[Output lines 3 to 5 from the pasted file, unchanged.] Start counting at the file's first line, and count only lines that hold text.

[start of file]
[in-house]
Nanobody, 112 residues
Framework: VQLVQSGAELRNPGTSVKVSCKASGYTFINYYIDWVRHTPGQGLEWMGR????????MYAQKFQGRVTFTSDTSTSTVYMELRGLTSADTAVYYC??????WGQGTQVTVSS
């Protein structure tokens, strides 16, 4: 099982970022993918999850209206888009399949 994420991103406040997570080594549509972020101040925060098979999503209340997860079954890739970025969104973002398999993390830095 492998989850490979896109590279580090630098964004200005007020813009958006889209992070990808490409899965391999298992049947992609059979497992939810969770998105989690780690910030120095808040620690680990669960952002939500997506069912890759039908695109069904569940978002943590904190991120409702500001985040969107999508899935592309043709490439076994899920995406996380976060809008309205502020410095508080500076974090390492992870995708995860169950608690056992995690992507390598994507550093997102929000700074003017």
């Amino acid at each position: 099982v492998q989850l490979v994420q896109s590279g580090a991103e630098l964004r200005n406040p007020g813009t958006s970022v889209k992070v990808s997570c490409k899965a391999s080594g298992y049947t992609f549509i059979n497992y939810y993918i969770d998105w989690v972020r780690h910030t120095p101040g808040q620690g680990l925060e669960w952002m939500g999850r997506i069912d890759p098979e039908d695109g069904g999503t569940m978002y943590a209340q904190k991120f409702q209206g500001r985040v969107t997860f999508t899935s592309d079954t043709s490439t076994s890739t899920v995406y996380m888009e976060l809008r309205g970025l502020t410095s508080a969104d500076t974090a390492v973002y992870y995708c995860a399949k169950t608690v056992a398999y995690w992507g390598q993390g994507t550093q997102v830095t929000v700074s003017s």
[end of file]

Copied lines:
Framework: VQLVQSGAELRNPGTSVKVSCKASGYTFINYYIDWVRHTPGQGLEWMGR????????MYAQKFQGRVTFTSDTSTSTVYMELRGLTSADTAVYYC??????WGQGTQVTVSS
């Protein structure tokens, strides 16, 4: 099982970022993918999850209206888009399949 994420991103406040997570080594549509972020101040925060098979999503209340997860079954890739970025969104973002398999993390830095 492998989850490979896109590279580090630098964004200005007020813009958006889209992070990808490409899965391999298992049947992609059979497992939810969770998105989690780690910030120095808040620690680990669960952002939500997506069912890759039908695109069904569940978002943590904190991120409702500001985040969107999508899935592309043709490439076994899920995406996380976060809008309205502020410095508080500076974090390492992870995708995860169950608690056992995690992507390598994507550093997102929000700074003017």
């Amino acid at each position: 099982v492998q989850l490979v994420q896109s590279g580090a991103e630098l964004r200005n406040p007020g813009t958006s970022v889209k992070v990808s997570c490409k899965a391999s080594g298992y049947t992609f549509i059979n497992y939810y993918i969770d998105w989690v972020r780690h910030t120095p101040g808040q620690g680990l925060e669960w952002m939500g999850r997506i069912d890759p098979e039908d695109g069904g999503t569940m978002y943590a209340q904190k991120f409702q209206g500001r985040v969107t997860f999508t899935s592309d079954t043709s490439t076994s890739t899920v995406y996380m888009e976060l809008r309205g970025l502020t410095s508080a969104d500076t974090a390492v973002y992870y995708c995860a399949k169950t608690v056992a398999y995690w992507g390598q993390g994507t550093q997102v830095t929000v700074s003017s």